So many phrases describe what we see every day. Down the Rabbit Hole. Advice from the Caterpillar. Don't mind that man behind the curtain. Not in Kansas anymore.
The Mock Turtle on education: Reeling and Writhing, of course, to begin with, and then the different branches of arithmetic -- Ambition, Distraction, Uglification, and Derision.
"When I use a word," Humpty Dumpty said, in a rather scornful tone, "it means just what I choose it to mean - neither more nor less."
"The question is," said Alice, "whether you can make words mean so many different things."
"The question is," said Humpty Dumpty, "which is to be master - that's all."
We are seeing all this play out via charter schools and the somewhat ugly discussion about them in our state. Stand for Children, the Times and others have chosen to target certain legislators - Gerry Pollet, Marcie Maxwell, and especially Rosemary McAullife.
It is hard to believe that anyone who wanted to be fair would not consider an elected official's ENTIRE history and not just their stand on one sub-topic of a topic. But this is where we are.
Gerry Pollet's opponent, Sylvester Cann, claims (kind of and it depends on which venue you are in) to be against charters (and says he will vote against 1240 but I'd like to see a photo of his ballot marked that way). While I applaud him saying he is against 1240, I have to worry what he would REALLY do if he were elected. (I say this because Harium Martin-Morris' statement about voting for the No resolution to 1240 the other night sounding like someone being dragged along. Mr. Cann, like Director Martin-Morris, might consider what it would look like to say, on video, that you are against something and then turn around and suddenly change course.)
Then we have the curious case of Chad Magendanz who is running against David Spring in the 5th LD (in and around Issaquah). Mr. Magendanz was an Issaquah School Board member who has been very active in the charter school movement. But his stand, like Mr. Cann's, is confusing. He said this at his blog in October 2011:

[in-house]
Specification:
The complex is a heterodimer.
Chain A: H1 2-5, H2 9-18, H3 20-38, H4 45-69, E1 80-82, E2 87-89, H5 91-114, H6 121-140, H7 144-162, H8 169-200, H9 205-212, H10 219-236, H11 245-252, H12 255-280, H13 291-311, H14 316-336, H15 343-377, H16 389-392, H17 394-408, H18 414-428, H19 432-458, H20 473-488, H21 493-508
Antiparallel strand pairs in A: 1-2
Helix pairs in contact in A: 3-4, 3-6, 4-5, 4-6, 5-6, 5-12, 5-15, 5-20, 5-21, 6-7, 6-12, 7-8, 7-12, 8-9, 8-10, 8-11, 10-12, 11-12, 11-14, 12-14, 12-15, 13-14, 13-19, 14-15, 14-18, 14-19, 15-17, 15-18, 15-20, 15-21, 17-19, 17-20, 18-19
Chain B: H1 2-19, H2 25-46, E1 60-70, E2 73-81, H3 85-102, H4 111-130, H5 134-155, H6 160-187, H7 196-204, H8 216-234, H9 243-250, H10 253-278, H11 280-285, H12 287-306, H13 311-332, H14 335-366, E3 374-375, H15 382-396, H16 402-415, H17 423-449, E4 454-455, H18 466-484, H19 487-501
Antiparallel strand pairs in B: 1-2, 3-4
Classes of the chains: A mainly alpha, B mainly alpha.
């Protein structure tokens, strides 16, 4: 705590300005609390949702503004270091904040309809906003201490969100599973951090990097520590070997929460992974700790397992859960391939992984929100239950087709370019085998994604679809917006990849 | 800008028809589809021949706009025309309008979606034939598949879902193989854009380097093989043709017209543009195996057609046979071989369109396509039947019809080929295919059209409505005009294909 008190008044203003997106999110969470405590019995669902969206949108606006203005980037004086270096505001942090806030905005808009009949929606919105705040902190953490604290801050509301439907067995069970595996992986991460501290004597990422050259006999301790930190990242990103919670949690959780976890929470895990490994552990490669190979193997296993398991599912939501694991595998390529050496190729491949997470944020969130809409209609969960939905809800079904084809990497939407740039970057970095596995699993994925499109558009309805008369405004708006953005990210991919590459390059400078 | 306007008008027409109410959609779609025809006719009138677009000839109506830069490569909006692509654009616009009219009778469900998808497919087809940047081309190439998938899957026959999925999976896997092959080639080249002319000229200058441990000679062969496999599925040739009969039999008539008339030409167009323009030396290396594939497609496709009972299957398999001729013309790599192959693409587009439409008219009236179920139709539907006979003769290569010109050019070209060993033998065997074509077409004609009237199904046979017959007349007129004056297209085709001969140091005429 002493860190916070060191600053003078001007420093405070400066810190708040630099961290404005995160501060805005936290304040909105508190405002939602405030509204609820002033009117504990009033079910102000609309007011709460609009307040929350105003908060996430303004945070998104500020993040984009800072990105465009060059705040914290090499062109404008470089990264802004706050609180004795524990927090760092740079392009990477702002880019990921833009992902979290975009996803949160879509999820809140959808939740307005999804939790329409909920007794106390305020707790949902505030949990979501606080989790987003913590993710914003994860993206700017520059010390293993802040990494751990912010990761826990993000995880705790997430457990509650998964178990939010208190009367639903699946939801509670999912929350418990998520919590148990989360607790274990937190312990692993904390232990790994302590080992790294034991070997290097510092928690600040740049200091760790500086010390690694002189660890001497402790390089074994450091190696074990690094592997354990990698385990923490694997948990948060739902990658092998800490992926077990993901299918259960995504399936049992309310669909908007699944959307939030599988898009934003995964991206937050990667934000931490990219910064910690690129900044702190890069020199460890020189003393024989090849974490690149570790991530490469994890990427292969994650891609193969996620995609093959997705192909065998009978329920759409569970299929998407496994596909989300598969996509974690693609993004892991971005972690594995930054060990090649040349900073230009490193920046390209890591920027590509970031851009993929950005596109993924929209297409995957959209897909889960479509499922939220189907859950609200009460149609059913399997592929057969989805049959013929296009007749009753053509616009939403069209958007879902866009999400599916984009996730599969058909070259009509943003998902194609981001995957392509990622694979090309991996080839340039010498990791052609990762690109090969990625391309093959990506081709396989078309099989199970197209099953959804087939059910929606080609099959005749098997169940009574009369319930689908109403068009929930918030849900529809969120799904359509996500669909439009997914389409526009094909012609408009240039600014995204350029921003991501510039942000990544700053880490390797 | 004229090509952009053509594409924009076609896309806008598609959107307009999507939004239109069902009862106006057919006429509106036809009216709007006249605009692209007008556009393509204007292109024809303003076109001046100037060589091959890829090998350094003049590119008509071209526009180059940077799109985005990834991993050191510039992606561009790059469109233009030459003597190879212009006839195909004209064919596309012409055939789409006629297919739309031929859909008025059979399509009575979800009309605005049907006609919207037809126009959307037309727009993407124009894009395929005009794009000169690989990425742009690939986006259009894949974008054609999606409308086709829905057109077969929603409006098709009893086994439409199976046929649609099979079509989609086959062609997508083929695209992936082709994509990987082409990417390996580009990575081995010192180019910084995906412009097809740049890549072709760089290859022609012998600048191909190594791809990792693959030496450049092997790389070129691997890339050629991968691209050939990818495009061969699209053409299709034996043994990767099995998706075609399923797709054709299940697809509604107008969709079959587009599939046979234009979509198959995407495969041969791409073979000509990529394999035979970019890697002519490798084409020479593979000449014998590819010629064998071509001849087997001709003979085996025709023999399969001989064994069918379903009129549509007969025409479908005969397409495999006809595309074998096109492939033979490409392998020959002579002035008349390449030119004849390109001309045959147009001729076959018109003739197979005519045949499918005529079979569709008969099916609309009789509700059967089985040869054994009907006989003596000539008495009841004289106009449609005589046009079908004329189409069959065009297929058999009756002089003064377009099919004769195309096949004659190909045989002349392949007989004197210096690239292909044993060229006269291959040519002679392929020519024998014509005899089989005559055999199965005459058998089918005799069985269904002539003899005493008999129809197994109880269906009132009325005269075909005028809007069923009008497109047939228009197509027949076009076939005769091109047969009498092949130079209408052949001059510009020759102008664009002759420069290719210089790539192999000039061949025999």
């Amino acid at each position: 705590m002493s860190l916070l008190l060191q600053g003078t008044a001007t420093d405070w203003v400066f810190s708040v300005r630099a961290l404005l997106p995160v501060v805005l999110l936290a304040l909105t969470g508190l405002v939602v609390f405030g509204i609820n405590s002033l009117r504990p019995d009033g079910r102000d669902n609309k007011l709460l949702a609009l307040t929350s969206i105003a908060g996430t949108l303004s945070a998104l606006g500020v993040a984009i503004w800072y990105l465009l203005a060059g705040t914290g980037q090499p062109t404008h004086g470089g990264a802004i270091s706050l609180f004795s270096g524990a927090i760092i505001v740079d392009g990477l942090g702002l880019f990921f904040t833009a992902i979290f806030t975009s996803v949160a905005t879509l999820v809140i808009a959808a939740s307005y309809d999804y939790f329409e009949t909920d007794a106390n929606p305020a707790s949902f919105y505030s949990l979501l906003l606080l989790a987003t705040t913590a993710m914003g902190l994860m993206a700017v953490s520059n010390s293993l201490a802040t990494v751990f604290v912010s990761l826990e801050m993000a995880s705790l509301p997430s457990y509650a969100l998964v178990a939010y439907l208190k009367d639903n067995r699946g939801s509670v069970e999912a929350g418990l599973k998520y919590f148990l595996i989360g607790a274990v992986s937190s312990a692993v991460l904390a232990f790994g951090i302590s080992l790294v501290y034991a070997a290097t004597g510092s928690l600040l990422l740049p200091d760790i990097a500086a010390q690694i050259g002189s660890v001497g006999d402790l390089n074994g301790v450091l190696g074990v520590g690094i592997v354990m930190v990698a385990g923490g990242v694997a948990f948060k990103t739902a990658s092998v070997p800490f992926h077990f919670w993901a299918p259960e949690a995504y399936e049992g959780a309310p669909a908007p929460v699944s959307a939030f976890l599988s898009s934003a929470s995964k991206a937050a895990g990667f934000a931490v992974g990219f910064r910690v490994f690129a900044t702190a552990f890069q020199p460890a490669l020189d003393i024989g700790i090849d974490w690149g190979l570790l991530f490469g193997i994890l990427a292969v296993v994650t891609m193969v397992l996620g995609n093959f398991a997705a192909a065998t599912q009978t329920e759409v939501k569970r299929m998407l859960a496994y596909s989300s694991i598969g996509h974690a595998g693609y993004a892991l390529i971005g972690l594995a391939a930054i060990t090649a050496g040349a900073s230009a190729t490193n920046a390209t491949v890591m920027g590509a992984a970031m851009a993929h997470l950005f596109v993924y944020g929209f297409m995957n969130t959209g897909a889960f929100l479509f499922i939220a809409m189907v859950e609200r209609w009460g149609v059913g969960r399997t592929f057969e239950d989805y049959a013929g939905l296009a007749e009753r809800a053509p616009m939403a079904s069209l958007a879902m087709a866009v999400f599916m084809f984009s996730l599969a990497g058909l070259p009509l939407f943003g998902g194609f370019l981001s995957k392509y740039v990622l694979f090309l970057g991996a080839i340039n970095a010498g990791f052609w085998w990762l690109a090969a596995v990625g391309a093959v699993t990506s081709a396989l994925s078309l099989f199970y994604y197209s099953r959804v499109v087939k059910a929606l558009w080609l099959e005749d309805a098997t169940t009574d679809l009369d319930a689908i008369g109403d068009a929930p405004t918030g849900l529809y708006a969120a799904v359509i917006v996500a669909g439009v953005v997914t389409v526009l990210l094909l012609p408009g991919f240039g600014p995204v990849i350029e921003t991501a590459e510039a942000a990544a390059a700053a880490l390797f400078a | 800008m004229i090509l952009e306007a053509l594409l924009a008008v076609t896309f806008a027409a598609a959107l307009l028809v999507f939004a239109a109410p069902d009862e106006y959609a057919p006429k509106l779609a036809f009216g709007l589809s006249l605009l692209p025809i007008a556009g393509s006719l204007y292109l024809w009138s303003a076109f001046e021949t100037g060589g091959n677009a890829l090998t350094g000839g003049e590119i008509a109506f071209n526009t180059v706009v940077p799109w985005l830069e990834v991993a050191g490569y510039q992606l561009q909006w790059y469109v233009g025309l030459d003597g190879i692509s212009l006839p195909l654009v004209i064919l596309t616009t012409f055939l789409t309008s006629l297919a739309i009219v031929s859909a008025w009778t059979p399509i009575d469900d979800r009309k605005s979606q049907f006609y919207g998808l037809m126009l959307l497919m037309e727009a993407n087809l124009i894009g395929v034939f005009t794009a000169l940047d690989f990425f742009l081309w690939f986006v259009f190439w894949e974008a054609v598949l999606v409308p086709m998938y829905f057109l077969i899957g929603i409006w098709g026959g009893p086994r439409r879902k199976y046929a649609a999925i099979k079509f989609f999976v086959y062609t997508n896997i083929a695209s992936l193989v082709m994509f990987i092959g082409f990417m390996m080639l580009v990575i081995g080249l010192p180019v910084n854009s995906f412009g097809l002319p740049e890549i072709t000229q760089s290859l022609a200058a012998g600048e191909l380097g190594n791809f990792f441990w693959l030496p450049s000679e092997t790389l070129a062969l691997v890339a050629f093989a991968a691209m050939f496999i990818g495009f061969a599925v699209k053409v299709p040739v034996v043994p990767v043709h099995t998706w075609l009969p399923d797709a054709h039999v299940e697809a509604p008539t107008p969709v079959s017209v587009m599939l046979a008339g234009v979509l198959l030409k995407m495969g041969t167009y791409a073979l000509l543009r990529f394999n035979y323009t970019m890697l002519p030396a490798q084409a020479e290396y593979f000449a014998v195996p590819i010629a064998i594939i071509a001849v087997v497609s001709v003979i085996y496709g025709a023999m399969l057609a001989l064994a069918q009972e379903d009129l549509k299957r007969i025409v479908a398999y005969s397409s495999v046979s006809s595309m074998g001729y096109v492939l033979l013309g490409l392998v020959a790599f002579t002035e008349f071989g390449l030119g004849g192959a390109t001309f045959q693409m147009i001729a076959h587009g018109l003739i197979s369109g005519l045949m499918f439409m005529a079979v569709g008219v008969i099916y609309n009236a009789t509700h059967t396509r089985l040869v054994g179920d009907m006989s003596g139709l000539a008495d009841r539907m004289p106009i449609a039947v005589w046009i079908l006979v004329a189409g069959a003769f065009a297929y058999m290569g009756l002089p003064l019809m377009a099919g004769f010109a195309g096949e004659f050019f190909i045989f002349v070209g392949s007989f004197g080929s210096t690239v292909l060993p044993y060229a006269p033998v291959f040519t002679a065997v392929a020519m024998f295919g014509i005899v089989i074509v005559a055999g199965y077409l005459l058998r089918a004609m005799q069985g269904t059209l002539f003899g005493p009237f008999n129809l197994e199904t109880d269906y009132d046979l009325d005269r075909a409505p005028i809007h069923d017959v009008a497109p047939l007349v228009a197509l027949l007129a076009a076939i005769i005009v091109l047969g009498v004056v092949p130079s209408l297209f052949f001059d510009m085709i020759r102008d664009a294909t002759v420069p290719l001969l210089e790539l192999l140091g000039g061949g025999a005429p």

Personally, I've found Stand for Children to be a completely grassroots organization, attracting education leaders from the community and soliciting legislative positions entirely from its membership.
That is pretty laughable as you see the same 10 parents recycled at Stand's website. Is it grassroots? Hardly.
But in June 2011, he said this about charter schools:
In short, I believe that charter schools…
must pilot unconventional methods to engage kids that would otherwise be struggling in traditional classroom settings,
should be subject to direct community oversight, just like all other public schools, and
are held accountable for measureable improvements in student achievement over conventional schools.So that's two items he says charter schools in Washington State should have but I-1240 doesn't have. (The last one is in there but the accountability measures? Not so accountable with many options to get out of being closed.)
There's nothing in I-1240 that mandates "unconventional methods".
However, he goes on to say:
To be completely frank, I have some concerns that charters have been oversold. Their biggest advantage in my opinion is that they allow innovative approaches that have been prohibited in public schools due to proscriptive government mandates or restrictive collective bargaining agreements. The danger is that we don’t hold them to the same accountability standards as every other school. As with start-ups, many innovative new ideas fail, and we still have to hold our charters accountable for success, factoring out the fact that they reap the benefits of having a demographic that’s already genuinely interested and engaged in the success of their schools because they chose to go there.
Really? Yes, many of us share that "oversold" problem as well. He also shares my doubt about accountability.
The simple reason that charters are necessary is because it's untenable to experiment with the general student population. If there’s a promising but unproven new approach to instruction, charters provide a means for parents to choose to participate in the experiment. After these pioneers blaze the trails and have gathered the necessary data to substantiate their claims, others can safely follow. Maybe it’s the Microsoft in me, but I happen to believe that there’s far too much blood on the bleeding edge.
Untenable to experiment? Says who? Not the Seattle School Board with the Creative Approach schools. Not Tacoma where their at-risk high school within a high school, Lincoln Center, has CLOSED the achievement gap. (And if someone can explain, "too much blood on the bleeding edge" I'd appreciate it.)
The other truth that I discovered during the WSSDA Legislative Committee debate is that there’s very little that districts could do under a new charter school law that can’t be already done as an innovative school. In fact, many districts throughout the state have outstanding new alternative programs being implemented as innovative schools, and the opportunities have only increased with passage of E2SHB 1546 this past legislative session. If districts want to innovate in the classroom, there’s no need to wait for passage of a charter school bill. They should get started right now.
So, like Alice, I find all this push for charters mystifying if this is how pro-charter people feel.
Maybe we should fully-fund our EXISTING schools and SUPPORT the Innovation Schools laws that have already been passed.